Professor Robert Gibbons to Talk on Relational Contracts April 9
Robert Gibbons, Sloan Distinguished Professor of Management at MIT's Sloan School of Management, will give the John R. Raben/Sullivan & Cromwell Fellowship Lecture on April 9, 2018, at 4:30 pm. His lecture will be titled "Discord (and Repair?) in Relational Contracts: An Introduction to Work in Progress." Gibbons will discuss how parties can navigate around small and major problems that arise over the contractual period so that the relationship survives.
Robert Gibbons is the Sloan Distinguished Professor of Management and a Professor of Applied Economics at the MIT Sloan School of Management, and he is Professor of Economics in MIT's Department of Economics. He is also the co-principal investigator for the Program on Innovation in Markets and Organizations at MIT Sloan (2002-present) and a fellow of the Econometrics Society and the American Academy of Arts and Sciences.
Gibbons studies the design and performance of organizations and contracts, especially "relational contracts"—agreements so rooted in the parties' particular circumstances that they are not written down, so that disputes cannot be adjudicated by outsiders such as courts. These contracts arise frequently both within firms such as between headquarters and divisions—and between firms such as in alliances. In some cases, relational contracts appear to be the source of persistent performance differences among seemingly similar firms, plants, and work groups.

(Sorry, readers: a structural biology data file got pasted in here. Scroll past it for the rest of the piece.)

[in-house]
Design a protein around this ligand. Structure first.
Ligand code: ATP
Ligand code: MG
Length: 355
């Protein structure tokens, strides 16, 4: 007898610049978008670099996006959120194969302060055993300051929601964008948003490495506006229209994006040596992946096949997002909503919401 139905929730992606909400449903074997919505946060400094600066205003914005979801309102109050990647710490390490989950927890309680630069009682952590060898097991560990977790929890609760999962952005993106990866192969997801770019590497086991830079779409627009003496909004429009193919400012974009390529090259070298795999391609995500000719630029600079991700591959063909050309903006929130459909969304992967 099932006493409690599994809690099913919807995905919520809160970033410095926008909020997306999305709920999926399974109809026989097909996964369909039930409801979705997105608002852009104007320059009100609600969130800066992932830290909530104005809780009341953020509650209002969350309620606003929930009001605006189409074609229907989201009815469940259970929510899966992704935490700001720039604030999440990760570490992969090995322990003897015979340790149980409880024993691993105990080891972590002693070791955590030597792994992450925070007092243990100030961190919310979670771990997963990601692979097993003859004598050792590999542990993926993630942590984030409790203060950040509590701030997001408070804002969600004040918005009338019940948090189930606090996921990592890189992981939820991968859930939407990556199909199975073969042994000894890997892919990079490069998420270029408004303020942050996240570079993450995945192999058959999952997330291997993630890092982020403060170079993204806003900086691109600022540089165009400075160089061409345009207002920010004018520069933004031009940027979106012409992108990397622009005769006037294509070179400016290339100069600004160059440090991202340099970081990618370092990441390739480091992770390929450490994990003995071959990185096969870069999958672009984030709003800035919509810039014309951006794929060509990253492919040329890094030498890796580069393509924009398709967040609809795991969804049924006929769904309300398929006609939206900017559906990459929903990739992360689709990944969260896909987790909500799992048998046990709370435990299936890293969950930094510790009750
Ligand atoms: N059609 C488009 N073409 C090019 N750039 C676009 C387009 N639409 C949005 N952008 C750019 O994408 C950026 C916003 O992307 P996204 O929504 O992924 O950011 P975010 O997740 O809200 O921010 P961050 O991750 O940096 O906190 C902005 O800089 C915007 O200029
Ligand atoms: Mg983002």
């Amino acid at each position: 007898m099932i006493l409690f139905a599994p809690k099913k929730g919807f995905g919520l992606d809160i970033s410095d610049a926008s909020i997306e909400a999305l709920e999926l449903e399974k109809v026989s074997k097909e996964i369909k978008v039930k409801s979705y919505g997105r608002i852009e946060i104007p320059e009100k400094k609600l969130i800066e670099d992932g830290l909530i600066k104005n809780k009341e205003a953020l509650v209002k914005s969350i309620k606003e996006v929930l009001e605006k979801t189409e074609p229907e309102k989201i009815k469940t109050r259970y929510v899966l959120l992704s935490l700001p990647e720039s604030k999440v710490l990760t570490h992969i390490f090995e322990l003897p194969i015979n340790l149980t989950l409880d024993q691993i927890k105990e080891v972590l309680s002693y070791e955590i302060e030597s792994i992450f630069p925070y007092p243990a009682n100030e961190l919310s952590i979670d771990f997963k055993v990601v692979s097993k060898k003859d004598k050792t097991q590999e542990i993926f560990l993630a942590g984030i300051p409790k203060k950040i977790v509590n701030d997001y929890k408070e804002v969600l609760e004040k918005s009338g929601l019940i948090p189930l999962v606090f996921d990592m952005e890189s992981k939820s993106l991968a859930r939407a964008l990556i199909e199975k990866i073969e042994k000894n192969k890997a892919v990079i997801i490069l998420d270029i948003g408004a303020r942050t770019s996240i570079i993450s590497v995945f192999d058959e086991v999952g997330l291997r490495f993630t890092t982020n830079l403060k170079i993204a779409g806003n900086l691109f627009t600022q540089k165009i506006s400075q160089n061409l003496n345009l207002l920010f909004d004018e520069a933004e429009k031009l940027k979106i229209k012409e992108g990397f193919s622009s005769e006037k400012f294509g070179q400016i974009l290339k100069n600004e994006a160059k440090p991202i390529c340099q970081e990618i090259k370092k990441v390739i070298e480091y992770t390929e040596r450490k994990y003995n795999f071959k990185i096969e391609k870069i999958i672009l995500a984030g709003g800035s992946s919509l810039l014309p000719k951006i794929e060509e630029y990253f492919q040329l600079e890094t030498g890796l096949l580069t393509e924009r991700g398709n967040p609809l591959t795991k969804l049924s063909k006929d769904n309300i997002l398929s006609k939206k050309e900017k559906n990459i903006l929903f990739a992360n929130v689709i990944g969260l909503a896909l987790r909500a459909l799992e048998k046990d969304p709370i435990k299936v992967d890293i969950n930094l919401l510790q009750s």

His book, Game Theory for Applied Economists (Princeton University Press, 1992), has been translated into Chinese, Hungarian, Italian, Japanese, and Spanish. He co-edited the Handbook of Organizational Economics with John Roberts (Princeton University Press, 2013).
The John R. Raben/Sullivan & Cromwell Fellowship Lecture brings to the Law School a leading expert in securities law or accounting for business enterprises, who delivers a public lecture at the School. It honors the memory of John R. Raben '39, a partner of the Sullivan & Cromwell firm, who was counsel to investment banking and accounting firms and associations, including the Financial Accounting Standards Board, and counsel to the industry task force that helped draft the Securities Investor Protection Corporation legislation.